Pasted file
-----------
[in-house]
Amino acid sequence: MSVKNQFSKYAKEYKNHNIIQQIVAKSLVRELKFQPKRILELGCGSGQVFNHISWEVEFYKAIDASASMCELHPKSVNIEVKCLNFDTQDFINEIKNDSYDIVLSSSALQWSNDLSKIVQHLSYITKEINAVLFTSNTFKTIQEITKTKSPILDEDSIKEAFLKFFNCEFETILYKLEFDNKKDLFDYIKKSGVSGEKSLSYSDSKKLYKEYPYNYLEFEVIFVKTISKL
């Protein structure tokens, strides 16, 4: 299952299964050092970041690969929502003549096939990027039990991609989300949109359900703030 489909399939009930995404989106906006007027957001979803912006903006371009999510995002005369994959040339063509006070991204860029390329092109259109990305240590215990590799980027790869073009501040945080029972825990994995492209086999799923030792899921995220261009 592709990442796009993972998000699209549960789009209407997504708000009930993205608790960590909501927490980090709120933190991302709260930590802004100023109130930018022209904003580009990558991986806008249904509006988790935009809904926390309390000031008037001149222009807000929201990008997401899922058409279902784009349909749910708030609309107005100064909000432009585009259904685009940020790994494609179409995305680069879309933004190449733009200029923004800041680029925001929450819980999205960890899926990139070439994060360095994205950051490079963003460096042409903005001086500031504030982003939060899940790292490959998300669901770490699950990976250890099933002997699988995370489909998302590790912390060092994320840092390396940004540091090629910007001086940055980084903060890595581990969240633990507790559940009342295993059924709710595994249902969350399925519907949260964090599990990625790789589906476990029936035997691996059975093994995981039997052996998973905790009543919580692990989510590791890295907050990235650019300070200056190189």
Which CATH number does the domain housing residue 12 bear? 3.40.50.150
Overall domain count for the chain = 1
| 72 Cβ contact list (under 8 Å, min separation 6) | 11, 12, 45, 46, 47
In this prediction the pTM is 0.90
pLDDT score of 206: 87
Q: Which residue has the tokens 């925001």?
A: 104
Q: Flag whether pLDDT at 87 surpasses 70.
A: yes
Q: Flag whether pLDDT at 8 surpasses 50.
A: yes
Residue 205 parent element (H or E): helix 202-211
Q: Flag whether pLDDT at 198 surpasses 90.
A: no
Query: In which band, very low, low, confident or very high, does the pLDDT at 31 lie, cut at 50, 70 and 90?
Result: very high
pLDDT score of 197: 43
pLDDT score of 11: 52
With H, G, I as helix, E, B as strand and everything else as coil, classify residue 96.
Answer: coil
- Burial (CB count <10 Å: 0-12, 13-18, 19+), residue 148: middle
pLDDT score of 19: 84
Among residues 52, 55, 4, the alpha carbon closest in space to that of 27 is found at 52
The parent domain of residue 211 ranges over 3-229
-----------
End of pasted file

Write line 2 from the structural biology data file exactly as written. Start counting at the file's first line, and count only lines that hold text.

Amino acid sequence: MSVKNQFSKYAKEYKNHNIIQQIVAKSLVRELKFQPKRILELGCGSGQVFNHISWEVEFYKAIDASASMCELHPKSVNIEVKCLNFDTQDFINEIKNDSYDIVLSSSALQWSNDLSKIVQHLSYITKEINAVLFTSNTFKTIQEITKTKSPILDEDSIKEAFLKFFNCEFETILYKLEFDNKKDLFDYIKKSGVSGEKSLSYSDSKKLYKEYPYNYLEFEVIFVKTISKL